The prospects for a Palestinian state have rarely been more grim
Paradoxically, the Palestinian demand for Israeli acceptance and implementation of the “Right of Return” is universally endorsed by Arab leaders—including those, like President Hosni Mubarak of Egypt and King Abdullah II of Jordan, whose countries have peace treaties with Israel. No Arab leader has ever publicly disavowed the “Right of Return” or castigated the Palestinian insistence on it as contrary to the interests of peace.
The Saudi peace plan of 2002, endorsed repeatedly since by the Arab League, speaks of Israeli-Arab coexistence. It has been widely hailed in the West, and Israel is regularly criticized for not embarking on negotiations with the plan forming a basis of discussion. I believe that the successive Israeli prime ministers—Ariel Sharon, Ehud Olmert, and Benjamin Netanyahu—were (and are) mistaken in not following up this Arab initiative, bluff or not. But even the Saudi plan proposes that the solution to the Palestinian refugee problem be based on U.N. General Assembly Resolution 194, of December 1948, which the Arabs interpret as unequivocally endorsing the “Right of Return.”
To these formidable obstacles to peace-making—the unchanging Arab desire for what amounts to Israel’s disappearance and consistent advocacy of the demographic means by which this can be achieved—one may add the hardly routine challenges of differences over future Israeli-Palestinian borders, with sovereignty over Jerusalem’s Old City and, in particular, its Temple Mount complex, and the fate of the Israeli settlements in the West Bank. The demilitarization of a future Palestinian West Bank-Gaza state is a further bone of contention.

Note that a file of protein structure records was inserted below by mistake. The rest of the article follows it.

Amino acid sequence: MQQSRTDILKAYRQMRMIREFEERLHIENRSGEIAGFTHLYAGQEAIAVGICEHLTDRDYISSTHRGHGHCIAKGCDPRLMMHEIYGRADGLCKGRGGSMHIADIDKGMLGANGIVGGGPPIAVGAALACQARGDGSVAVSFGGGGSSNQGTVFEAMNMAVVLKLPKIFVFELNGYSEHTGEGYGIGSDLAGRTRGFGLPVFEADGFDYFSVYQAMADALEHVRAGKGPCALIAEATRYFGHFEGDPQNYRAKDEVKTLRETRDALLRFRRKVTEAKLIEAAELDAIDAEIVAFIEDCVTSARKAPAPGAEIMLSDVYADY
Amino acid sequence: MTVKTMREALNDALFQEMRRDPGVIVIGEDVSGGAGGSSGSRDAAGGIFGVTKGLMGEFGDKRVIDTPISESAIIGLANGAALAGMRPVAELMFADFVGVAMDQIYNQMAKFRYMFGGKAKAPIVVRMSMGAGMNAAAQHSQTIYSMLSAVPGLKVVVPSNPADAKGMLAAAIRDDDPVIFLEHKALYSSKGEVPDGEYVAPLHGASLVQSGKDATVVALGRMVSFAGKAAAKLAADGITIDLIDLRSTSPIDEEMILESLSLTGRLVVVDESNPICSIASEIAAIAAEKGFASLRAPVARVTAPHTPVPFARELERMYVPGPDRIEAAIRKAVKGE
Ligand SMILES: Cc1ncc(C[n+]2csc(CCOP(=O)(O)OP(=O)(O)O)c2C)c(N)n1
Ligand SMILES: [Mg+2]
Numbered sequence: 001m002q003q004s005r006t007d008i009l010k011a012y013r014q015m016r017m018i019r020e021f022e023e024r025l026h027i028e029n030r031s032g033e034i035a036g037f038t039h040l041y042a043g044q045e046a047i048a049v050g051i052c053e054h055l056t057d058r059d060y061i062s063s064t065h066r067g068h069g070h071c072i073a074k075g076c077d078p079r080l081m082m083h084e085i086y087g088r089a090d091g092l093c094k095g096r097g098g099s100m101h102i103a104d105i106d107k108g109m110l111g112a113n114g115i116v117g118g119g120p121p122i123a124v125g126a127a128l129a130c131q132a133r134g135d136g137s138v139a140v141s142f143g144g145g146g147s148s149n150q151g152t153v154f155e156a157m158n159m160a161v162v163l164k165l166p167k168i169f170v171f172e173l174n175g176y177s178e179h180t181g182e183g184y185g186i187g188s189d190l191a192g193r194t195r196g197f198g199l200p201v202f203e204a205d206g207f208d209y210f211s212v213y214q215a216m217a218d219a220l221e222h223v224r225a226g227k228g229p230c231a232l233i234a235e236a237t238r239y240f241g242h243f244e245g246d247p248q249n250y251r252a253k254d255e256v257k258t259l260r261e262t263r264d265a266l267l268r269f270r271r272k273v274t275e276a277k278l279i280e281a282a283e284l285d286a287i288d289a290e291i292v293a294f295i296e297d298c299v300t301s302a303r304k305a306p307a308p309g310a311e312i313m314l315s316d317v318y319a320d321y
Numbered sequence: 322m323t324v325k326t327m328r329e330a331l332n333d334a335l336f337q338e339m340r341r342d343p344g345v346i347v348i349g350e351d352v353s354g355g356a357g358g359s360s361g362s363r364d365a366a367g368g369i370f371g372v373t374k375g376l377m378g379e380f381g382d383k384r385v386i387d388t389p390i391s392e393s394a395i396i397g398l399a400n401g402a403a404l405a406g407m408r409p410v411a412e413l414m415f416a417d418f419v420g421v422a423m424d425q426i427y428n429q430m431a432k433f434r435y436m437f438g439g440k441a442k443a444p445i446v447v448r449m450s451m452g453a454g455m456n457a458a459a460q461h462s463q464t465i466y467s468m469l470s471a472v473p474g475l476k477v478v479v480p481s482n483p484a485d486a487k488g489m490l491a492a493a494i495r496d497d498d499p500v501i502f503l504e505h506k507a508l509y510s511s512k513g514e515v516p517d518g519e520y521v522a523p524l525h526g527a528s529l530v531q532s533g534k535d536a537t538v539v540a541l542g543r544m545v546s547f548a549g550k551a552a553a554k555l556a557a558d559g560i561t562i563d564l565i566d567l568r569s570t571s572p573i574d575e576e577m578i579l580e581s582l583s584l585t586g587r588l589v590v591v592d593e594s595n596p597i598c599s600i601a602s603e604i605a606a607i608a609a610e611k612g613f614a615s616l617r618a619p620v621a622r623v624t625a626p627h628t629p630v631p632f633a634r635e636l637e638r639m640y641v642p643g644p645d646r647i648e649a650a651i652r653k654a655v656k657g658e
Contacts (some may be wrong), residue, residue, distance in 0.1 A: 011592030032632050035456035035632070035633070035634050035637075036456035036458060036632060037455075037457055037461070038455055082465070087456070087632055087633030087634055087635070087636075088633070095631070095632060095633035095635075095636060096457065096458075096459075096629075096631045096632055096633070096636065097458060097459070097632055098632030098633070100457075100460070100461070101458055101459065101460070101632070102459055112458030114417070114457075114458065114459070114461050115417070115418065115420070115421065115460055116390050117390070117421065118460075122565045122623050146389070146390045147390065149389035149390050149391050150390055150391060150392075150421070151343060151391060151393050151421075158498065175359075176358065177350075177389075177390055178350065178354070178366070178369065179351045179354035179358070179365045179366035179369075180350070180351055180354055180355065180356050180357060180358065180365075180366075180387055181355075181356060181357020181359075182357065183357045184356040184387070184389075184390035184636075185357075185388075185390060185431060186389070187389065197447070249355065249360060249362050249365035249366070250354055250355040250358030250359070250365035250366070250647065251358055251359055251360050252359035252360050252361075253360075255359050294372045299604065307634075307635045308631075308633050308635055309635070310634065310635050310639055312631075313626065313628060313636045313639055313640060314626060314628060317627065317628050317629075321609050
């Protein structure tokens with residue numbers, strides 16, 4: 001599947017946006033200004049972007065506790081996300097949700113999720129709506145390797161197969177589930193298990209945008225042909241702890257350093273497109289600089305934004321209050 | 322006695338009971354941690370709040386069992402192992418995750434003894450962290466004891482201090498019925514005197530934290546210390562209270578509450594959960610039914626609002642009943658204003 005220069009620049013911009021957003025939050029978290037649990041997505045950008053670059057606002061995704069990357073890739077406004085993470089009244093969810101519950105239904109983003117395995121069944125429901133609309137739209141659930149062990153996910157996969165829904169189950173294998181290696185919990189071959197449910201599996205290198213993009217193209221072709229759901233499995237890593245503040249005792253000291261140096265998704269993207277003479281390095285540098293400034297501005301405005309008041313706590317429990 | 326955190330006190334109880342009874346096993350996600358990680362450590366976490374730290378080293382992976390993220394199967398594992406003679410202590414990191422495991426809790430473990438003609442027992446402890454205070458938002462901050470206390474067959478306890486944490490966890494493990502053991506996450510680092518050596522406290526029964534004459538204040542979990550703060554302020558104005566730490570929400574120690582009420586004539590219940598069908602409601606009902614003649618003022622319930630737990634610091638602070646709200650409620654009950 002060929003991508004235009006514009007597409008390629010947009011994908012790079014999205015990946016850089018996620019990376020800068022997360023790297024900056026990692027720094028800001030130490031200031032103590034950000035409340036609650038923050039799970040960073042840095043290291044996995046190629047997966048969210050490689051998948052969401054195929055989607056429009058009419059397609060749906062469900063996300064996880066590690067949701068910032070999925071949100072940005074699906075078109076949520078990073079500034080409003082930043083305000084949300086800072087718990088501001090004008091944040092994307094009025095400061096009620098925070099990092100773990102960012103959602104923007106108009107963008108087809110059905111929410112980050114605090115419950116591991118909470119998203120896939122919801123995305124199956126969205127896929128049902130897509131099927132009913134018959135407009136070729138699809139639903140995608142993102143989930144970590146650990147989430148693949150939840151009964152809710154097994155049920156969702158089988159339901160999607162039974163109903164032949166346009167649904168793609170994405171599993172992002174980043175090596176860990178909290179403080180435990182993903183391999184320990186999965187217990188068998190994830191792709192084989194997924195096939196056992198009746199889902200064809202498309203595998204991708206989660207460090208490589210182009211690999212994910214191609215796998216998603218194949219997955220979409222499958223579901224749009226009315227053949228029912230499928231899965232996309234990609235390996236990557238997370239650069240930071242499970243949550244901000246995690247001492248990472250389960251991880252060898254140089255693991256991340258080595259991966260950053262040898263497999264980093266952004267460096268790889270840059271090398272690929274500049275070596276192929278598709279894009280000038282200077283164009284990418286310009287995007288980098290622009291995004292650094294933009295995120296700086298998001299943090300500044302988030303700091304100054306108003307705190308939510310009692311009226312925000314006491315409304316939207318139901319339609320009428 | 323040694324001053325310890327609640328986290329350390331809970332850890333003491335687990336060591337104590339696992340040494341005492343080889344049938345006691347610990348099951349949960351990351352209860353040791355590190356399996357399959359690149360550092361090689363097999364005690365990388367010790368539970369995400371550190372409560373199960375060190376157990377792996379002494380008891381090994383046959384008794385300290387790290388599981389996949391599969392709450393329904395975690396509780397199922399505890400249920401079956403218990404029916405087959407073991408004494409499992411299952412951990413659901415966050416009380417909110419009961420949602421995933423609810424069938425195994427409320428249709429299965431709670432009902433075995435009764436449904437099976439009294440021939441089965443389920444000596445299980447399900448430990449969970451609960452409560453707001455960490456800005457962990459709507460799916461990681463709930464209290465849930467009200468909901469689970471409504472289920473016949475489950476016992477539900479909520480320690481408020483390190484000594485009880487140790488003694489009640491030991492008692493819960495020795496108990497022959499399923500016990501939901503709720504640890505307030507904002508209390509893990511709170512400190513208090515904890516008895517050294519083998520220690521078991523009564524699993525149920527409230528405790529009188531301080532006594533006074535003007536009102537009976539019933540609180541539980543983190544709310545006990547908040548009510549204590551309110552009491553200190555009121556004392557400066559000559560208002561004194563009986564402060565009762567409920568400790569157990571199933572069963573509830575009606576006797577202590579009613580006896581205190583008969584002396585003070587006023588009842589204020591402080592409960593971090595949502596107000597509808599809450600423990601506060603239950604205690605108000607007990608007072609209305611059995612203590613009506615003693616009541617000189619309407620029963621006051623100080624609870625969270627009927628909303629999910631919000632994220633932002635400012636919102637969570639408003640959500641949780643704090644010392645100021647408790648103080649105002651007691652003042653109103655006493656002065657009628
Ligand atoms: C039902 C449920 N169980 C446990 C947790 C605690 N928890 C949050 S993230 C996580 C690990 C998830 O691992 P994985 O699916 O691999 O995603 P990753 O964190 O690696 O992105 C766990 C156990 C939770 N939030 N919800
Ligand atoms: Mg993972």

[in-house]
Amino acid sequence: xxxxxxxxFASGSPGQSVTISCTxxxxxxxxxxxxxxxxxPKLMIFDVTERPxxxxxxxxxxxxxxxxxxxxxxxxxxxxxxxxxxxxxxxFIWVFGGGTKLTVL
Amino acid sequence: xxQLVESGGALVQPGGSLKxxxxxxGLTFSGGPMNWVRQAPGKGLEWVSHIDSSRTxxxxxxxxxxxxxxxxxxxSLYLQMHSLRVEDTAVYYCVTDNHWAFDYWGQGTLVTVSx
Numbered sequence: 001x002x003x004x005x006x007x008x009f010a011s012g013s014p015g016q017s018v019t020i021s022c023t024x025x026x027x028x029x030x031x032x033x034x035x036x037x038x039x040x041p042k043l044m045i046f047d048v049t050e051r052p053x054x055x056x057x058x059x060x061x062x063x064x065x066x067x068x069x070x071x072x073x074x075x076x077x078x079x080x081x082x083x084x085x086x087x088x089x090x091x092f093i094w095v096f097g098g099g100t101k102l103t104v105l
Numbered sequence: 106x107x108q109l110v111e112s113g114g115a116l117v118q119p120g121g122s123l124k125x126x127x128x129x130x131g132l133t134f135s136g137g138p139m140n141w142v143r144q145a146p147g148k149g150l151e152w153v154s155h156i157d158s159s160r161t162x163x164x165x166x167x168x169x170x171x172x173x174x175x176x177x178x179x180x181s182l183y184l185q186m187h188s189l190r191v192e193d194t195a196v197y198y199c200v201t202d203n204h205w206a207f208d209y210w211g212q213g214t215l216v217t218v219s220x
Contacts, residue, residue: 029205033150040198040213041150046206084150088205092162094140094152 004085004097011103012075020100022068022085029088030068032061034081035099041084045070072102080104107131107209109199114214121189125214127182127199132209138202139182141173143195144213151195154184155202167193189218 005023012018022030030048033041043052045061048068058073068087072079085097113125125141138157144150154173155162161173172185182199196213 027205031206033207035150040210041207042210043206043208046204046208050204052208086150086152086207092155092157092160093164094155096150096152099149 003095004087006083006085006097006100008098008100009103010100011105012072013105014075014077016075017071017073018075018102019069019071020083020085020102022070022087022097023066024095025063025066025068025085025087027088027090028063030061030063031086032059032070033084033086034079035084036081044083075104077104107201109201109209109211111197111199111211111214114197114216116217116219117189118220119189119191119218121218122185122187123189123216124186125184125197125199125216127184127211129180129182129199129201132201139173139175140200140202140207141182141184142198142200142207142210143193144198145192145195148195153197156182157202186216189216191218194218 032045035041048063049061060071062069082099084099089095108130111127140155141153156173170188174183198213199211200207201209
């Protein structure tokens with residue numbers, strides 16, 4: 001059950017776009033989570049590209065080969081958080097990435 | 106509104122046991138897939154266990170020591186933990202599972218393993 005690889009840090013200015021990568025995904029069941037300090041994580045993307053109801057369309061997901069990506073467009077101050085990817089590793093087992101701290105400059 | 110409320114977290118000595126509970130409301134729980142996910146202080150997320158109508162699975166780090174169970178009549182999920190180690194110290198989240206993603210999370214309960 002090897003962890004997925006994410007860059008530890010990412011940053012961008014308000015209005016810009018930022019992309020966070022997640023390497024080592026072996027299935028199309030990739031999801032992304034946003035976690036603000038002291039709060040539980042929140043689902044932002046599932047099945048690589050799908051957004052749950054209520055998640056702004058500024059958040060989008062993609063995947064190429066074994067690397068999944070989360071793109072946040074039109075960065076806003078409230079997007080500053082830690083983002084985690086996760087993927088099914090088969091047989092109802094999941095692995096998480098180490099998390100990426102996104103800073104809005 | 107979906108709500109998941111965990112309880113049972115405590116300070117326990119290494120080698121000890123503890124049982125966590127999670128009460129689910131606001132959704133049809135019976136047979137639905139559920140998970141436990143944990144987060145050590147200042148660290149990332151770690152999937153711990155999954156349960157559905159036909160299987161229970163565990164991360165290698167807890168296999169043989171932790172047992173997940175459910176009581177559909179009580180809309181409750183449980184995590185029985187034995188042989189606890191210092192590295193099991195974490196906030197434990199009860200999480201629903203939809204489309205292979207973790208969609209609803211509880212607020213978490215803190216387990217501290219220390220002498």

It is hard to envision any circumstances under which the current Obama-initiated direct Israeli-Palestinian peace talks can succeed. Politically, the two contending leaders have little room for maneuver and, at least on the Arab side, little will to concede anything. And even if, by some miracle, Abbas and Netanyahu were to reach a framework agreement or even a detailed peace treaty (a departure into the realm of total fantasy) with Abbas accepting the Jewishness of the “other” state and waiving the “Right of Return,” and Netanyahu conceding Arab sovereignty over the bulk of Jerusalem’s Old City, including the Temple Mount, such an agreement would fail to stick and would never be implemented. Abbas might sign off on “an end to the conflict” and “no more demands”—and most likely be assassinated by Arab extremists in consequence—but a majority of Palestinians, and certainly a large minority of them, would continue the struggle, rendering the agreement no more than a wind-blown piece of paper. Hamas, which won the 2006 Palestinian general elections, would denounce the signers as traitors and continue the fight for all of Palestine, as would many in Abbas’ own Fatah party. The agreement would not end the conflict. Nor would it deter or obstruct future, continuing Palestinian claims.
In short, a Palestinian state will not arise out of the current round of negotiations. But it might emerge some time after their failure—and on the model of Hamas’ Gaza “republic.” Put simply, if faced with continuing Palestinian unwillingness to sign an end-of-conflict agreement, and with continued Israeli occupation portending the de facto emergence of a binational state or, alternately, an Israeli apartheid state with a Jewish minority lording it over a Palestinian majority (composed of Israel’s Arab citizenry plus the Arab inhabitants of the semi-occupied West Bank and East Jerusalem and the unoccupied but Israeli-dependent Gaza Strip), Israel’s leaders—Netanyahu or his successor—may opt for a unilateral Israeli withdrawal from the bulk of the West Bank (and, perhaps, parts of East Jerusalem).